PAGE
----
2019-2020 Majesty Skis Werewolf CLT

Cy Whitling reviews the majesty skis Werewolf CLT for Blister gear Review.
Majesty Skis Werewolf CLT

2019-2020 Majesty Skis Werewolf CLT, 184 cm

Available Lengths: 166, 175, 184 cm

Blister’s Measured Tip-to-Tail Length: 182.3 cm

Stated Weight per Ski (184 cm): 1370 g

Blister’s Measured Weight per Ski: 1358 & 1353 grams

Stated Dimensions: 122-92-112 mm

Blister’s Measured Dimensions: 123-92-111 mm

Stated Sidecut Radius: 26.2 meters

Core: paulownia with ash inserts

Tip & Tail Splay (ski decambered): 63 mm / 22 mm

Traditional Camber Underfoot: ~6 mm

Recommended Mount Point: 81.3 cm from tail; – 9.9 cm from center

Boots / Bindings: Fischer Travers Carbon / Atomic Backland Tour

Test Locations: Lost River Range, ID; Snow King, WY

Reviewer: 6’,0” 175 lbs

Days Skied (so far): 3

[Note: Our review was conducted on the 17/18 Werewolf CLT, which is unchanged for 18/19 or 19/20, apart from graphics.]


We’ve already posted a First Look of the Majesty Skis’ “backcountry freeride” ski, the Superior, but it’s time now for something very, very different from Majesty.

The Werewolf is Majesty’s lightweight touring and mountaineering ski, and it comes in two flavors: the standard-edition Werewolf, and the “CLT” edition.

The standard Werewolf is constructed with a poplar and ash core and a fiberglass layup, and has a stated weight of 1740 grams per ski in the 184 cm length.

The “CLT” designates Majesty’s “Carbon Light Technology,” their high-end lightweight layup. The Werewolf CLT has a paulownia wood core with ash inserts, and a full carbon and kevlar layup that shaves its weight down to 1370 grams per ski in the 184 cm version. In case you hadn’t noticed, that’s a very competitive weight for a ~95mm-wide touring ski, and our measured weights of 1358 & 1353 grams situate the Werewolf CLT as a clear competitor to skis like the Blizzard Zero G 95.

It’s also worth noting that, out of the box, this is an absolutely beautiful ski, and the overall construction is tight. The edge meet is imperceptible, and the carbon-weave topsheet just looks mean. My only hesitation is there is very little bevel on the topsheet edges, which sometimes means that they’re more likely to get chipped up, but I’ll keep an eye on that.

Now before we mount some ultralight bindings to these things and start running up mountains, here’s a brief breakdown of the Majesty Werewolf CLT.

Flex Pattern

Majesty rates the flex of this ski as a 7.

I’d break it down like this:

Tips: 6
Forebody: 7.5
Underfoot: 9
Tail: 8

The tip is pretty soft, and stiffens up gradually toward the center. And the tail is noticeably stiffer than the tip. The flex is similar to the Zero G 95, but the CLT is a bit softer throughout. Overall, it seems like a very sensible flex pattern for a lightweight mountaineering ski, but I think there is the possibility that some bigger skiers may find themselves wanting a stiffer tip.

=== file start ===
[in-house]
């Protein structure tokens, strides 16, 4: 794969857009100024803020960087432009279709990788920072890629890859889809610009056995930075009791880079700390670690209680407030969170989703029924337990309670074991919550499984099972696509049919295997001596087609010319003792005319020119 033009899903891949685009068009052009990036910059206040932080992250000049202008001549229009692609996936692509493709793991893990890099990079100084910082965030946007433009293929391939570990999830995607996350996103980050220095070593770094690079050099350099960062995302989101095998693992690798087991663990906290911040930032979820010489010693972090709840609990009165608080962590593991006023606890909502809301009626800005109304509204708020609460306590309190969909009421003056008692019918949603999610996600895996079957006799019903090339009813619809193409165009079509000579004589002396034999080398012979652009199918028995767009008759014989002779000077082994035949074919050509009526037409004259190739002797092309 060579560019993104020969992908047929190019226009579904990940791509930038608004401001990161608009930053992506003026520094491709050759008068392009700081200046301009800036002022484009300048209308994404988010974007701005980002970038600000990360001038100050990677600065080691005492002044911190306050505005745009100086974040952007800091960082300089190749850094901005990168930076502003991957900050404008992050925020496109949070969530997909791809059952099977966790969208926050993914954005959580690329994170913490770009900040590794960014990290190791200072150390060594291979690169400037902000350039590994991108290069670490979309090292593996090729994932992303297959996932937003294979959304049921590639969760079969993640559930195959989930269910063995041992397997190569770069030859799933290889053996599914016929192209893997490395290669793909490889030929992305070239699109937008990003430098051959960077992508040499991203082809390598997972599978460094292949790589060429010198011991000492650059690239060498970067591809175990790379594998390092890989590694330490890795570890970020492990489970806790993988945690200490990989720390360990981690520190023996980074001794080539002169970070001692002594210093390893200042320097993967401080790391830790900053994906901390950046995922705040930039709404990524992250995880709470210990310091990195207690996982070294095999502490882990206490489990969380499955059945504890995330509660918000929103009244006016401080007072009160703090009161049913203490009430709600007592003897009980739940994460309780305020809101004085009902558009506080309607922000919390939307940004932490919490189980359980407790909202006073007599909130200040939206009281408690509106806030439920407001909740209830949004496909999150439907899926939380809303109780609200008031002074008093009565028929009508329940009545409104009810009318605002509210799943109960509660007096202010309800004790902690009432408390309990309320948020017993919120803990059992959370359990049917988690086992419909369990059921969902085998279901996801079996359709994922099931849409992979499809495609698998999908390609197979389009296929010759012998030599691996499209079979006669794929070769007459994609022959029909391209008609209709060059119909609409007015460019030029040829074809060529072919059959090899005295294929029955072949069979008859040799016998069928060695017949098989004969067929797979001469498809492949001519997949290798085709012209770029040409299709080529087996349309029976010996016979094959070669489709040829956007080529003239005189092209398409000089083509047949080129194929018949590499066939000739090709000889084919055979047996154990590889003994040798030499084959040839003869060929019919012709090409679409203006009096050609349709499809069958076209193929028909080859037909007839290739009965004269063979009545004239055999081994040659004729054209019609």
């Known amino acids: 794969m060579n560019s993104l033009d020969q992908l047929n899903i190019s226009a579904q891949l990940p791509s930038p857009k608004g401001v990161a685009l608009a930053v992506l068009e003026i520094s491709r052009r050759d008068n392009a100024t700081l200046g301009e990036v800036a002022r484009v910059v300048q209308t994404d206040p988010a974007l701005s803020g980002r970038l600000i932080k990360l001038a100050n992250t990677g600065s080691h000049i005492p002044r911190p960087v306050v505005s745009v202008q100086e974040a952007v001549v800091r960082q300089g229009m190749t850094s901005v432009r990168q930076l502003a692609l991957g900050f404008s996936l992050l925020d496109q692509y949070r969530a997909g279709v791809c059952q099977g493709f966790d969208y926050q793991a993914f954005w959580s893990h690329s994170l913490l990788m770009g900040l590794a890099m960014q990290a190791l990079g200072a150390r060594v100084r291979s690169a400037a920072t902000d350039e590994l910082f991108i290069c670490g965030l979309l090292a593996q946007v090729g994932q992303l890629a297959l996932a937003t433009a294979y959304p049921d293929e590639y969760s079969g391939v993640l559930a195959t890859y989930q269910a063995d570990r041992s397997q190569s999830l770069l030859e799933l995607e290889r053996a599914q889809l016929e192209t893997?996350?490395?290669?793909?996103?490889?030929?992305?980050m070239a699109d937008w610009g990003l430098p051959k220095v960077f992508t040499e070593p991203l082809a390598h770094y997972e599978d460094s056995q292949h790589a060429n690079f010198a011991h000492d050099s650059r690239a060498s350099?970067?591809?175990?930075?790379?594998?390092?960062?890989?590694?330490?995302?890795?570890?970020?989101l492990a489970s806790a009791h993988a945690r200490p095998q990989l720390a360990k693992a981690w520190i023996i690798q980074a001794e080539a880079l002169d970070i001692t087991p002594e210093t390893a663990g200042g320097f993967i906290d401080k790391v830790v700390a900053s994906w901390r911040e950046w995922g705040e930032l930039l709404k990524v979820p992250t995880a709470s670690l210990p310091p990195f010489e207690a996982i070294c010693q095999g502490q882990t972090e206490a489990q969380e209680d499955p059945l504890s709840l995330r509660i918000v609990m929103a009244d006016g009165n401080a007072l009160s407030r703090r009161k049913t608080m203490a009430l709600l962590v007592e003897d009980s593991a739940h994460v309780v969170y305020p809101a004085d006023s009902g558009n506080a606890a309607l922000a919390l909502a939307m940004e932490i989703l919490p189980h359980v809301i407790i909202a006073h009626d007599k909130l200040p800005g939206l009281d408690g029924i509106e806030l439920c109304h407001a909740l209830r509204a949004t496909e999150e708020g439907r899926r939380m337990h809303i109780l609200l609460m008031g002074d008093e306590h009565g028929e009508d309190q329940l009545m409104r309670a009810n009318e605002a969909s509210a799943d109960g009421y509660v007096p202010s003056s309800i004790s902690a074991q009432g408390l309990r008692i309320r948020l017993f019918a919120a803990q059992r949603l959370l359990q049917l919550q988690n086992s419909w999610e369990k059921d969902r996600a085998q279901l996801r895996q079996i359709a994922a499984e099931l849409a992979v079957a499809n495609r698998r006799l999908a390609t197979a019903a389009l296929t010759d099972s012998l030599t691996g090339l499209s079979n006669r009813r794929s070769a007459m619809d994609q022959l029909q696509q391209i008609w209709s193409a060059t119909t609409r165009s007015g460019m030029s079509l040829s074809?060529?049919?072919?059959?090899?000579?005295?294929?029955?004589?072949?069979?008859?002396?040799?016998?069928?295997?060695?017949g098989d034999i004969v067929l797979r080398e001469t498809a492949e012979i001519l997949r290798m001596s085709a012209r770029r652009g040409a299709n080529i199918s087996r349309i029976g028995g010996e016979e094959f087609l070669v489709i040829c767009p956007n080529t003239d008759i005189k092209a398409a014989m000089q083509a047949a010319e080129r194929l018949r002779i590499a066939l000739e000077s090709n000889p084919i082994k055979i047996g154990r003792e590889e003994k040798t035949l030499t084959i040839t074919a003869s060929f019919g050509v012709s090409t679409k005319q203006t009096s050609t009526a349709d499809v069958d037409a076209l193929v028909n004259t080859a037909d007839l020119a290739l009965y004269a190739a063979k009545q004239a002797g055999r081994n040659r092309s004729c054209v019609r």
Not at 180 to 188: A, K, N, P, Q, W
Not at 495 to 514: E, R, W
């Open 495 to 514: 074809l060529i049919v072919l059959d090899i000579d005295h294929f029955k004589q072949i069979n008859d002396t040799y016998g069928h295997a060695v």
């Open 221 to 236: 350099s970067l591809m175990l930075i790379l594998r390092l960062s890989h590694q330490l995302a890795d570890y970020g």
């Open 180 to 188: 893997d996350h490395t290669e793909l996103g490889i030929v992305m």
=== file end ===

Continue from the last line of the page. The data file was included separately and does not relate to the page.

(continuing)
Shape and Mount Point

This is where the Werewolf CLT differs drastically from skis like the Zero G 95. It’s got a lot of tip taper, and a longer sidecut radius. For comparison, the Werewolf CLT has a 26.2 m radius compared to 22 m for the Zero G 95, and 18.8 m for the Salomon MTN Explore 95. It will be very interesting to see how that — combined with the slightly softer flex — performs on snow, particularly in tighter trees and chutes and on hop turns.

It’s also worth making a note about the mount point. The Werewolf CLT has two mount lines on the topsheet, “Centre” and “Recommended Stance.” “Recommended Stance” is 2 cm behind “Centre.” But “Centre” designates the center of the sidecut of the ski, not the core center. So while a -2 mount point sounds very centered for a ski like this, the mount is actually at -9.9 cm from the true center of the ski (our measured tip-to-tail length, divided in half), which is very similar to the Zero G 95 (-10.6). That makes sense on a ski like this, and while I like the idea of a more centered mount in a ski I’ll be using in tight conditions, the more setback mount should provide some greater stability when skiing fast or in difficult snow (especially given the ski’s softer tips).


There are no real surprises in the Werewolf’s rocker profile. Its tip rocker line runs a little deeper into body of the ski than the Zero G 95’s; it’s more similar to the Salomon MTN Explore 95. The CLT has a healthy amount of camber, and just a hint of tail rocker. All that adds up (on paper, at least). It’s the sort of profile that makes me think, “There is enough traditional camber here for good edge grip in steep conditions, enough rocker to break the ski loose when needed, and a mount point and sidecut radius that ought to help the ski deal with variable snow.”

Bottom Line (For Now)

Out of the box, the Majesty Werewolf CLT’s low weight and stunning appearance set it apart. While its got a bit more tip taper than similar skis, the rocker profile and flex seem well suited to big days in high-consequence terrain. We’re excited for the corn cycle to begin so that we can log some long tours with lots of vert on the Werewolf CLT.

NEXT: The Review

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